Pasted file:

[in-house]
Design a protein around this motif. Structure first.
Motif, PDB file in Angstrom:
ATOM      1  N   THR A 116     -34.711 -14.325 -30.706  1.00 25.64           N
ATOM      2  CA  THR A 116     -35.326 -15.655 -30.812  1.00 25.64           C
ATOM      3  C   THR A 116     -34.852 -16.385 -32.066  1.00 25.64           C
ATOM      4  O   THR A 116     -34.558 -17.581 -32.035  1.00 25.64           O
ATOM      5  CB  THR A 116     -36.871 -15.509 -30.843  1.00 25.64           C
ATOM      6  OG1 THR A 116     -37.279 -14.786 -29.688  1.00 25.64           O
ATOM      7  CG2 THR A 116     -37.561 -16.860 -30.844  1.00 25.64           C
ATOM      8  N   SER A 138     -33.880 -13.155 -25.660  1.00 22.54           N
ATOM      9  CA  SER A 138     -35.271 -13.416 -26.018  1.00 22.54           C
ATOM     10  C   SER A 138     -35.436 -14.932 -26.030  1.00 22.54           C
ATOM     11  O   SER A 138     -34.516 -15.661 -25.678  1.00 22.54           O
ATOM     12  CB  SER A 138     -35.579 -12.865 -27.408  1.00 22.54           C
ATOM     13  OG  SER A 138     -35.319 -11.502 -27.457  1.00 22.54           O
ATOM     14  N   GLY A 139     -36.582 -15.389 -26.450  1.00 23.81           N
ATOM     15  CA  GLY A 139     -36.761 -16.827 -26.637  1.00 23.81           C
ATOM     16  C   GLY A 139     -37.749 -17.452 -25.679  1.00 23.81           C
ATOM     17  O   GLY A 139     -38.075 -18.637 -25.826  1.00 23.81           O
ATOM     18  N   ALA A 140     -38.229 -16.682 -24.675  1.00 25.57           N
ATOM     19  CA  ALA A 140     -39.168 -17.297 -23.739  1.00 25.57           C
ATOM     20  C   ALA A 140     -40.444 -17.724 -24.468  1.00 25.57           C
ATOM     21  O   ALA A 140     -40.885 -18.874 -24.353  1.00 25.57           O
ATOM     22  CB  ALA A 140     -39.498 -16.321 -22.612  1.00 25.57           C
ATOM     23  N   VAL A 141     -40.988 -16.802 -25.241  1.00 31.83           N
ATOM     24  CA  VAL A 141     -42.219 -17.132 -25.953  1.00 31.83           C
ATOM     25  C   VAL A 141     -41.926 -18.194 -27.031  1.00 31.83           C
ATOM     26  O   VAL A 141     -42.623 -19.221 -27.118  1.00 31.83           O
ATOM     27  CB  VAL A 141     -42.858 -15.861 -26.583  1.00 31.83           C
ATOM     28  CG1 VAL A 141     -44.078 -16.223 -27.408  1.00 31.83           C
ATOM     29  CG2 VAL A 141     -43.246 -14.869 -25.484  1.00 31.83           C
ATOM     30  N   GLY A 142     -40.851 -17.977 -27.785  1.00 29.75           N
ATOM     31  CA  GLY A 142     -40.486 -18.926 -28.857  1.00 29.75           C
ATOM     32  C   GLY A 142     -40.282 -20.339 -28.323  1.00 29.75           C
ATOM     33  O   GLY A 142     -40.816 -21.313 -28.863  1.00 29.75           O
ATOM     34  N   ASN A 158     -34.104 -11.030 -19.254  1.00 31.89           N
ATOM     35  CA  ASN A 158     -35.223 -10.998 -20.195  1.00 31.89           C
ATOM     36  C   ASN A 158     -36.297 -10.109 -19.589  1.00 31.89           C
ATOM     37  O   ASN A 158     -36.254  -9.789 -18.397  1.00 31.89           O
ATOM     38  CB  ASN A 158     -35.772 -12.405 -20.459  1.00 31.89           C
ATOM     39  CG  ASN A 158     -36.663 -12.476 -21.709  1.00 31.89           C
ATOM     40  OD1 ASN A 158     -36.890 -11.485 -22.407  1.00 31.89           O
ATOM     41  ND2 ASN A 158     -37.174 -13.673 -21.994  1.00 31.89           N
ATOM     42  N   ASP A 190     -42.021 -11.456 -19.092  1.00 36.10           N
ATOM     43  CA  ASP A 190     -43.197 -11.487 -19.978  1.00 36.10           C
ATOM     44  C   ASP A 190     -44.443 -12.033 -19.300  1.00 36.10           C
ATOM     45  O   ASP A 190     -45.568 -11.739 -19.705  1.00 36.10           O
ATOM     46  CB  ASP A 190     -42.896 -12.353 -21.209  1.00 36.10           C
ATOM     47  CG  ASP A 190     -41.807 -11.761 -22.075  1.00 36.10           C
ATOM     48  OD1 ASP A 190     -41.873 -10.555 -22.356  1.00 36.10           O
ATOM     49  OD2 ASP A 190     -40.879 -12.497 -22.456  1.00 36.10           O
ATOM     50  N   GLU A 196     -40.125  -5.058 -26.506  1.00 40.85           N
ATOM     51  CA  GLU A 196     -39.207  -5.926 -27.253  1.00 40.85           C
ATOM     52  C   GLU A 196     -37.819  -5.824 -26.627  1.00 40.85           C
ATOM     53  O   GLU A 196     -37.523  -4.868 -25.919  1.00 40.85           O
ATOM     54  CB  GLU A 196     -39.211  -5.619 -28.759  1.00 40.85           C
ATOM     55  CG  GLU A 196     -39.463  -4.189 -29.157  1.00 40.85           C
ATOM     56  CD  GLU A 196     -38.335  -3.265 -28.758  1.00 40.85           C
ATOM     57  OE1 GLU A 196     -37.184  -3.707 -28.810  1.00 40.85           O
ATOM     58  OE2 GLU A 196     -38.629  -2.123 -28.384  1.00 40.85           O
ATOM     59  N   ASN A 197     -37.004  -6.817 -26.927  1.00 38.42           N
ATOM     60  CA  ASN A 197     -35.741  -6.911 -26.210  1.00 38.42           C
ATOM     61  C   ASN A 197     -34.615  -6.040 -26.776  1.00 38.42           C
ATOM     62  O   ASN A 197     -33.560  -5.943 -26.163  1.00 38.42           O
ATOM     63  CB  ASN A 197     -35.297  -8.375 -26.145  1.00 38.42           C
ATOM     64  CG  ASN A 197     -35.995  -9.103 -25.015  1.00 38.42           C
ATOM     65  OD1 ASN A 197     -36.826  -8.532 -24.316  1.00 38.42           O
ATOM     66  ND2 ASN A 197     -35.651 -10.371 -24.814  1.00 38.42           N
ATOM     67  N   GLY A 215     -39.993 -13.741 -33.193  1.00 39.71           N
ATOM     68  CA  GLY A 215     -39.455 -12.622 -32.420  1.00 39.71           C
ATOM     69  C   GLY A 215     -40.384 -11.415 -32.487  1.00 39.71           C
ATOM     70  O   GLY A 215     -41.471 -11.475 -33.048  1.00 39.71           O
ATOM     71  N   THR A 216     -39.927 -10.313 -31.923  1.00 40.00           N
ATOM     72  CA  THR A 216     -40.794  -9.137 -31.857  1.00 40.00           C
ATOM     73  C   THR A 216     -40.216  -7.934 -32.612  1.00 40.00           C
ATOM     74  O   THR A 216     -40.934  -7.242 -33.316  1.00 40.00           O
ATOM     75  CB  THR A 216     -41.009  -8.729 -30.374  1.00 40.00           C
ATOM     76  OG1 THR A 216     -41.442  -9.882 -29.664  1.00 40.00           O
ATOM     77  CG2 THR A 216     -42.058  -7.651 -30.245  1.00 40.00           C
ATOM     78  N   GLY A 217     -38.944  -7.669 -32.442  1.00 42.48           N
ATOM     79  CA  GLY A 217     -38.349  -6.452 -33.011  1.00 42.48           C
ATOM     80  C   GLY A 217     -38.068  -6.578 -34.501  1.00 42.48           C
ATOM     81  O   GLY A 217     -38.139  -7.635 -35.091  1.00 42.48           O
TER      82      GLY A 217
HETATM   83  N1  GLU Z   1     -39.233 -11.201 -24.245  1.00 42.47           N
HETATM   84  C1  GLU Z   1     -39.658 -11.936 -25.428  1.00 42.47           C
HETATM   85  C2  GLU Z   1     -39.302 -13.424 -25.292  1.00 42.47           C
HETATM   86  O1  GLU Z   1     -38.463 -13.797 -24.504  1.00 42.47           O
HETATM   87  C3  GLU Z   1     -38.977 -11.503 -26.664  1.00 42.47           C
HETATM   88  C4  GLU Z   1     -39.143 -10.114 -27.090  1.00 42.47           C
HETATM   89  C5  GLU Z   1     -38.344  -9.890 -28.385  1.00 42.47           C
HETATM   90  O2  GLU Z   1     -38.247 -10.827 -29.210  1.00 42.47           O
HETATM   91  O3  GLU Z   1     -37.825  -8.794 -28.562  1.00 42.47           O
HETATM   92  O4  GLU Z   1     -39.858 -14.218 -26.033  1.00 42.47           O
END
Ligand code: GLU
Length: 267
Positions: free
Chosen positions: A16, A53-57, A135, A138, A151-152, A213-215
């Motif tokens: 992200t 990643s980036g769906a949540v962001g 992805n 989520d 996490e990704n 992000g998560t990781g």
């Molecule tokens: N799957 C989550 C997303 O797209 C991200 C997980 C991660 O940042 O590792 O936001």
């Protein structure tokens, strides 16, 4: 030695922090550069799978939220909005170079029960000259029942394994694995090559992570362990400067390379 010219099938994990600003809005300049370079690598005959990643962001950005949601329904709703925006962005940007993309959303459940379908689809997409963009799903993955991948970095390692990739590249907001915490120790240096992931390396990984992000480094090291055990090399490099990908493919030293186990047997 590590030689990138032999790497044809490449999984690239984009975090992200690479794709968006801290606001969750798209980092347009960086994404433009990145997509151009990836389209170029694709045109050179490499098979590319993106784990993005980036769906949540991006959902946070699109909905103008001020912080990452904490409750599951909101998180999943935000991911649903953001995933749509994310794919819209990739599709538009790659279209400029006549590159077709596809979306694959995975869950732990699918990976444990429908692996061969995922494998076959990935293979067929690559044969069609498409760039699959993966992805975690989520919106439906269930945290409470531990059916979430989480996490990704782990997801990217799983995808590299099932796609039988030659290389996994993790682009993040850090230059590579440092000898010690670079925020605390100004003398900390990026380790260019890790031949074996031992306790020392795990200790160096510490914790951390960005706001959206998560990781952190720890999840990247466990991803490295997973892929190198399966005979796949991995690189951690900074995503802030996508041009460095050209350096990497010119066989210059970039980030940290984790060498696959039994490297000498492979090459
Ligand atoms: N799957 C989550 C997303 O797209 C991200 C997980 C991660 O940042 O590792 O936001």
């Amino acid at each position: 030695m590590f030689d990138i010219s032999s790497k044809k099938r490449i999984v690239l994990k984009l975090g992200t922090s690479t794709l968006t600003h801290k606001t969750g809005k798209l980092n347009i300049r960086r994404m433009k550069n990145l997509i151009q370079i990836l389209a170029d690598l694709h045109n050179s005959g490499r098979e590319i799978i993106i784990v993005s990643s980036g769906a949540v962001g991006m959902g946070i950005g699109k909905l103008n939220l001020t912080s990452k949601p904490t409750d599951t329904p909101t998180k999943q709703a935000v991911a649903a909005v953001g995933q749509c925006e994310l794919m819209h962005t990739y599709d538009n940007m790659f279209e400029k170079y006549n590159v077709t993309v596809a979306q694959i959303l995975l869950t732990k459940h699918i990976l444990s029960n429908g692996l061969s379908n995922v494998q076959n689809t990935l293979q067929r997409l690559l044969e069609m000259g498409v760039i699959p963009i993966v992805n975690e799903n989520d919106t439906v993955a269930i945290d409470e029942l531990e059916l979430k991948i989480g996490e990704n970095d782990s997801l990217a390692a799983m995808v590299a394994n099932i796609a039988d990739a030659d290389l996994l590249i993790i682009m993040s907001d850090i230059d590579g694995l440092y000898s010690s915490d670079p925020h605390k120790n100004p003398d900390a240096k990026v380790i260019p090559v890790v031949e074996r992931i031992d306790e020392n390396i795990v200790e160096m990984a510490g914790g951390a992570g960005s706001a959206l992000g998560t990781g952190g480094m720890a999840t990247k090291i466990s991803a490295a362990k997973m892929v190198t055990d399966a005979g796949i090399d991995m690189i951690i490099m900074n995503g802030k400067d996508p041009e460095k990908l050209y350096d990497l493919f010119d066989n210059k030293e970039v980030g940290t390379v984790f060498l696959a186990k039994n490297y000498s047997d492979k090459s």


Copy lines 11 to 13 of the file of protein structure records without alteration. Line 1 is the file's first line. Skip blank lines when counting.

ATOM      8  N   SER A 138     -33.880 -13.155 -25.660  1.00 22.54           N
ATOM      9  CA  SER A 138     -35.271 -13.416 -26.018  1.00 22.54           C
ATOM     10  C   SER A 138     -35.436 -14.932 -26.030  1.00 22.54           C